Sunday, 14 July 2013

Miss Jones Is... Writing Without Authority About David Bowie


A quiz:

Consider the quotation 'Ultraviolence in Liberty fabrics.'

Does it describe:

a) A costume designed for the musician David Bowie during the Starman era?

b) My disposition, 45 minutes into the V&A exhibition celebrating the musician David Bowie, having moved a total of no more than three metres from the entrance, trapped between ever-encroaching human walls of ditherers, slow readers, the spatially unaware and David Bowie fans – and the Venn diagram which holds them all?

[The exhibition has been open for several months now, and it occurs to me that it's so good that no one may actually be leaving. They're just letting more and more people in.]

The answer is, of course, both. It was a trick question.

Still, during the three hours you spend carefully edging your way around David Bowie Is..., it is heartily reassuring to find something, anything, in common with the subject. The creativity, the eclecticism, the energy, the conviction on display, is simultaneously inspiring and totally demoralising. What have I achieved with my sorry life in comparison? Why have I wasted so many years? Should I have worn more jumpsuits when I was younger and a slim size 10?

Say what you like about Dave, but he certainly gets things done.

I like to imagine this kind of conversation between David and his neighbour as they both left their respective houses on any given Monday morning from the late 60s onwards.

'Hello there, David!'

'Hi Jeff. How was your weekend?'

'Oof, well, pretty busy actually. Mowed the lawn - that was well overdue. Took Maureen and her mother out for Sunday lunch, bled the radiators, watched Poldark. How about yourself?'

'Well, I wrote a few songs, went to my mime class, commissioned a set of asymmetric PVC stagewear from an unknown fashion student, storyboarded a new short film, made some flapjacks and read a really inspiring book about Dadaist theatre in the 1930s.'

'Right.'

David Bowie Is... a very sobering comparative exercise. Still, as my companion, Mr H, said to me over lunch afterwards, the gulf between our achievements exists because David Bowie is a one-off. There is him, he said, and then there is the rest of us.

The next day, I went to get my hair cut and noticed my hairdresser had bought exactly the same postcard from the exhibition as I had and stuck it to his mirror.


This is the kind of symbiotic thinking that can be achieved by shouting at each other over the noise of a hairdryer three times a year.

And since hairdressers are confidantes and counsellors, as well as being really good at not gagging when bits of other people's hair get everywhere, I discussed my feelings of Aladdinsecurity with him.

He, too, was philosophical. (Look at all the reassuring men I know! When I was floundering after the sudden death of my dad, a counsellor told me there wasn't enough positive male influence in my life. Well, look at me now! I'm a winner!)

'That's why he has an exhibition about him,' my hairdresser said. 'And we don't.'

If you are as self-involved as I am, here's what you take away from David Bowie Is...:

There will never be an exhibition all about me.

People will never queue patiently to look at faded photographs of me aged six dressed in a mum-sewn clown costume for a ballet recital and ponder how commedia del'arte had always had a profound influence on my work. 

My penetrating yet slyly humorous letters of complaint to Southwark Council will never find a home under a protective glass case as an example of an artist honing their gift before finding their true artform. This is a bloody shame because they were brilliant letters, actually.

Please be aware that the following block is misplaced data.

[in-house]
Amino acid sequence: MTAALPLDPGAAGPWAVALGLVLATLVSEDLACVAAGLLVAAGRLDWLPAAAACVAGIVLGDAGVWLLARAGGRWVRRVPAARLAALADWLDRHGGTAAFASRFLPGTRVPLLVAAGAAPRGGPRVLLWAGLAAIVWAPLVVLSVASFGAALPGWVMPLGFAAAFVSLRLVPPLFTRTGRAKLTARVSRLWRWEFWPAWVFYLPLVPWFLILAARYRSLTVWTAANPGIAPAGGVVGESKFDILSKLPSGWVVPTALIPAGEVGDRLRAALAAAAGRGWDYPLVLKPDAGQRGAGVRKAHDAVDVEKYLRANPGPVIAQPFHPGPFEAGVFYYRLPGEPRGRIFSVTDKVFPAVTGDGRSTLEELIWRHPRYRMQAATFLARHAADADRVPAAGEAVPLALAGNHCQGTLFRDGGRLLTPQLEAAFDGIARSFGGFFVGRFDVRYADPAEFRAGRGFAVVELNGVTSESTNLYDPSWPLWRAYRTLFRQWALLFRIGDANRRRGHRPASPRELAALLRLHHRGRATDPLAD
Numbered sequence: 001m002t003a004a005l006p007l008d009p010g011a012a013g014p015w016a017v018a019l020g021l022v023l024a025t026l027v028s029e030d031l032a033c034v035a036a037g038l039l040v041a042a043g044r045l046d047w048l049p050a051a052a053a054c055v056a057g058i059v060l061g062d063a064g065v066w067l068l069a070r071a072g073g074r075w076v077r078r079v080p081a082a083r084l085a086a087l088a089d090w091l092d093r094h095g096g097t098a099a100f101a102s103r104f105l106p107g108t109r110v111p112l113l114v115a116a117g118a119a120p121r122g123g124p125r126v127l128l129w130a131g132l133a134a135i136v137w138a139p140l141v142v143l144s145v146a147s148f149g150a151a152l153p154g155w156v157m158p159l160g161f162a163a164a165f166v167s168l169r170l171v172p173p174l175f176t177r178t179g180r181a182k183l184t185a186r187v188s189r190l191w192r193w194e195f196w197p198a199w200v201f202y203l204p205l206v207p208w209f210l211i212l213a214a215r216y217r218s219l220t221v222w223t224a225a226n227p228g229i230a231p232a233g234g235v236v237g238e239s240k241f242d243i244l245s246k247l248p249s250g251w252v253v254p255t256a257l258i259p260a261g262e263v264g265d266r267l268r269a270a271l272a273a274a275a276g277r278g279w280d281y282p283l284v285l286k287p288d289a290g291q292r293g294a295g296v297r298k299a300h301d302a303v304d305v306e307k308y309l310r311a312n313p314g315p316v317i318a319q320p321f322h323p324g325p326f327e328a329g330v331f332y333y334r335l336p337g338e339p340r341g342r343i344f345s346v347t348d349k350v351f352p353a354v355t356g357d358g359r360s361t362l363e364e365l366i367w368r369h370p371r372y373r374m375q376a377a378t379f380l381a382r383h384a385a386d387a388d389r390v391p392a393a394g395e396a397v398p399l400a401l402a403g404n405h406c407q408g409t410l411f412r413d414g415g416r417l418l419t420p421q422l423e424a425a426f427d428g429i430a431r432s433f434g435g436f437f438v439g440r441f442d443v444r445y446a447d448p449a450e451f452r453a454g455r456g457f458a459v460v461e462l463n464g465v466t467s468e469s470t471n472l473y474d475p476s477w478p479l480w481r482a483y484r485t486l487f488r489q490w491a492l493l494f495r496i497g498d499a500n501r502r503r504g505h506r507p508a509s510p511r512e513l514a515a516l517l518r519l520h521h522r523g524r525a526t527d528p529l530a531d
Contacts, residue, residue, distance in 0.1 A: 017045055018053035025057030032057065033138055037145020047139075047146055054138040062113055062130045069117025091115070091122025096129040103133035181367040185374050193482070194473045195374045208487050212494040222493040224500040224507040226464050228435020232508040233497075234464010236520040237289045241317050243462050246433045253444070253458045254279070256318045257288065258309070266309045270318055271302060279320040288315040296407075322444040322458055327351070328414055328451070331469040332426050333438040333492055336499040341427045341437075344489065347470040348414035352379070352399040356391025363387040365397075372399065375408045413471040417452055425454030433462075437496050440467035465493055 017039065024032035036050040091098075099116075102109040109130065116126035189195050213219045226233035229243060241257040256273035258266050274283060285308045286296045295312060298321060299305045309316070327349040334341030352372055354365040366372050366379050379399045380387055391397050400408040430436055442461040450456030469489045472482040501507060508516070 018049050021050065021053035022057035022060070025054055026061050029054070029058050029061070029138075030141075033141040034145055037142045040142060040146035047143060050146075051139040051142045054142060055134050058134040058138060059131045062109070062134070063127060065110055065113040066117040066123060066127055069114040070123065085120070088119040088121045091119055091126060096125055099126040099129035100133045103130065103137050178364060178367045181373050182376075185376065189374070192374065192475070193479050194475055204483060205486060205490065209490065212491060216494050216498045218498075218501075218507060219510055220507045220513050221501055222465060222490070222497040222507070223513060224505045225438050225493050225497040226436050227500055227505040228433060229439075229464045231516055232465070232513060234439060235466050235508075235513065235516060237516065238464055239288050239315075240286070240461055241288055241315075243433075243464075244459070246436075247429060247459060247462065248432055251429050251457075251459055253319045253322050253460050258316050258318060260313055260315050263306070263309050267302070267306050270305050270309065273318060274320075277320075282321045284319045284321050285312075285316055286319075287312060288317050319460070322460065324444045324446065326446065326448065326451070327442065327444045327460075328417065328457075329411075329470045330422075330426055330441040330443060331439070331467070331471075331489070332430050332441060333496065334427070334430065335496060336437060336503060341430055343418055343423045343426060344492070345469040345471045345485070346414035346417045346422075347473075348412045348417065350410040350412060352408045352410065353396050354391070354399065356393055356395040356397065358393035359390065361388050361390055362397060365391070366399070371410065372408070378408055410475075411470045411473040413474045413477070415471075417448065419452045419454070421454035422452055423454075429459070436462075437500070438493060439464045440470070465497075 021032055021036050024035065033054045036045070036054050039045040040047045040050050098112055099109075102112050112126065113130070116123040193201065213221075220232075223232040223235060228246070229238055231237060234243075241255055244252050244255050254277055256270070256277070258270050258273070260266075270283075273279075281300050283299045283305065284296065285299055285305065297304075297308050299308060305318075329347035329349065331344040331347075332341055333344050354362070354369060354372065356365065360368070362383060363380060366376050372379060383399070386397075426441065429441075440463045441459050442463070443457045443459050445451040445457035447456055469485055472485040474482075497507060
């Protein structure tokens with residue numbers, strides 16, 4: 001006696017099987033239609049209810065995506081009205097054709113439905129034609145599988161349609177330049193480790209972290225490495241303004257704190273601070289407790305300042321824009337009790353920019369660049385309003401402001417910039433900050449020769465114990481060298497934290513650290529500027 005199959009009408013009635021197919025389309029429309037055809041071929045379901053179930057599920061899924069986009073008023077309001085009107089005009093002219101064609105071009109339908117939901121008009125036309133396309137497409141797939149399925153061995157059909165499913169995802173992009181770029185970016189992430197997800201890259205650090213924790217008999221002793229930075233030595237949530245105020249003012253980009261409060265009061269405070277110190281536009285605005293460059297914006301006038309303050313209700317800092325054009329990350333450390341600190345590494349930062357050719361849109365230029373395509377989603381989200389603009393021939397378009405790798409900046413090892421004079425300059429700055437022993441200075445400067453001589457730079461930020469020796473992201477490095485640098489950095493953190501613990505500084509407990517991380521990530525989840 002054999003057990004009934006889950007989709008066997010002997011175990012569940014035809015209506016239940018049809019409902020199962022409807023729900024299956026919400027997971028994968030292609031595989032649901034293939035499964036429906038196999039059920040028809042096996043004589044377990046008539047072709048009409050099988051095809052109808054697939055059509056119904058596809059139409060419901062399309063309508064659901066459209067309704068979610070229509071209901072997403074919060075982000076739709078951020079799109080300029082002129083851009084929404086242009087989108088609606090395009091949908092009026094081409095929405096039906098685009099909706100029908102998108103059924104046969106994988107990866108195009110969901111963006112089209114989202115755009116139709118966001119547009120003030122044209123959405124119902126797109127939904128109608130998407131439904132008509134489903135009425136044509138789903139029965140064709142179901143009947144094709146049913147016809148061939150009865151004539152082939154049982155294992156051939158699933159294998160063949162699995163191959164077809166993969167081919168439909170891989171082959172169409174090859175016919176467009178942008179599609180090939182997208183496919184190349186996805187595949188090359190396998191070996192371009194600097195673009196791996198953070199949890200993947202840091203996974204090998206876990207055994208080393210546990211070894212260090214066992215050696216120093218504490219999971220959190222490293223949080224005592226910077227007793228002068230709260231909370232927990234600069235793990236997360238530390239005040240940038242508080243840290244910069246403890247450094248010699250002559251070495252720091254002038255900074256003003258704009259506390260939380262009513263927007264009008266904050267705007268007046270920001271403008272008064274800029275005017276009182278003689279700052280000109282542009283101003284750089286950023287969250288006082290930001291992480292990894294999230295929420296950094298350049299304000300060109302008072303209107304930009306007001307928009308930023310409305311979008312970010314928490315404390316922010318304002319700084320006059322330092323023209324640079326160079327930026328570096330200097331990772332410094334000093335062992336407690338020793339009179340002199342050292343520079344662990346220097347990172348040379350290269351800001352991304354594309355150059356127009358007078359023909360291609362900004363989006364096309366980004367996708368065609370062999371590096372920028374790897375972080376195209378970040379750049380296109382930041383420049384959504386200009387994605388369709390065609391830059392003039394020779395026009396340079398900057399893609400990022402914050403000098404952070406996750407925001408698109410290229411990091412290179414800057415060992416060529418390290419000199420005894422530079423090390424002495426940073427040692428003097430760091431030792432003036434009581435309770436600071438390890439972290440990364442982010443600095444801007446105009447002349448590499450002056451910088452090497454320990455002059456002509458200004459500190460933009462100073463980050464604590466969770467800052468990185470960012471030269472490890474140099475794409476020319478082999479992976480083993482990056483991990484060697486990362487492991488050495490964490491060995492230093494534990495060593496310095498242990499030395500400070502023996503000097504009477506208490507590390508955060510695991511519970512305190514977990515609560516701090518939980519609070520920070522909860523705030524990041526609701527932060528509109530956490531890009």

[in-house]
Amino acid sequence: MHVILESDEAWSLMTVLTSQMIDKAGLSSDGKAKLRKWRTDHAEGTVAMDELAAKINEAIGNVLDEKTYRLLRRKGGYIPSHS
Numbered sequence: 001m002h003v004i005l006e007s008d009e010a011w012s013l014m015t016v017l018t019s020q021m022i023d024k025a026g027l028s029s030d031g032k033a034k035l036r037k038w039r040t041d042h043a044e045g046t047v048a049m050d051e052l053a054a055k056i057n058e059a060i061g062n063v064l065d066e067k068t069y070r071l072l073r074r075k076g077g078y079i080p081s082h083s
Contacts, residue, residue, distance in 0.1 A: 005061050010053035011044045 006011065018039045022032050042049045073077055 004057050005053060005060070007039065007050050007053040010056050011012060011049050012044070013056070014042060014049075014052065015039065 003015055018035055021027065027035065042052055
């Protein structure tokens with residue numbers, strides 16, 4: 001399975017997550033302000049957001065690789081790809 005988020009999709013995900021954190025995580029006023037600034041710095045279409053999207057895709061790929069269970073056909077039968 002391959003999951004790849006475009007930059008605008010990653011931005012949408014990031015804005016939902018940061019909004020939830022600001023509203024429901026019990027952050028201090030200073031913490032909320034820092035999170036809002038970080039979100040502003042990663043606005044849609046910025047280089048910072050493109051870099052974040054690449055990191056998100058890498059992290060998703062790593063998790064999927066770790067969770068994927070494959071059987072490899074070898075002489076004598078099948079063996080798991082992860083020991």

Ernest curators will never write informative panels describing how my youthful brio and raw talent* shook the stuffy world of regional baking competitions to its very foundations.

All I could do to console myself was look for any other ways DB and I are alike. There are several:

We share a naturally/unnaturally high pallor.

We are both Capricorns, supposedly the dullest sign in the zodiac. (At this point, the V&A would probably whirl their endless white ribbon of Bowie-related till receipts around like a rhythmic gymnast and say that astrology is bullshit.)

Our dads have the same name. And I think we can all agree that 'John Jones' is pretty unusual.

Another thing: as I walked around the exhibition, I overheard a man trying to impress the woman he was with by telling her how the mention of 'the market square' in Five Years related to the market square in Bromley. He may have been making it up. I wouldn't know. I'm the first to admit I'm a Bowie-come-lately. But I have suffered my own harrowing torment in Bromley's market square, when a wooden skewer thrown on the ground became embedded in my foot, having found a path through the slats of my gladiator sandals (a grasp of footwear trends will tell you this happened some years ago).

Uncanny, no?

Um. OK. Everyone?

 I THINK I MIGHT ACTUALLY BE DAVID BOWIE.

Obviously I realise I'm nearly 40 and this has never occurred to me before, but if it's true, then I did take an awful lot of drugs in the 70s, so it's very likely this kind of thing could slip your mind. And Dave does love an image change.

I feel much better about things now.

Still. I should NEVER have turned down the Olympics.


*Not so much this really.

3 comments:

Steve Orton said...

I was there yesterday and I agree agree agree with everything you said - although I got a different postcard :-)

Persephone said...

On the other hand, there won't be people writing unauthorized biographies about you, or libelous articles in the tabloids, or rooting in your trash, or interviewing people who either knew you in school or thought they did...
I'd like to see those Southwark Council letters, though. Another post?

Lannuss said...

you are blogging again. so happy i could utter a whimper of bewilderment and wonder. so i did.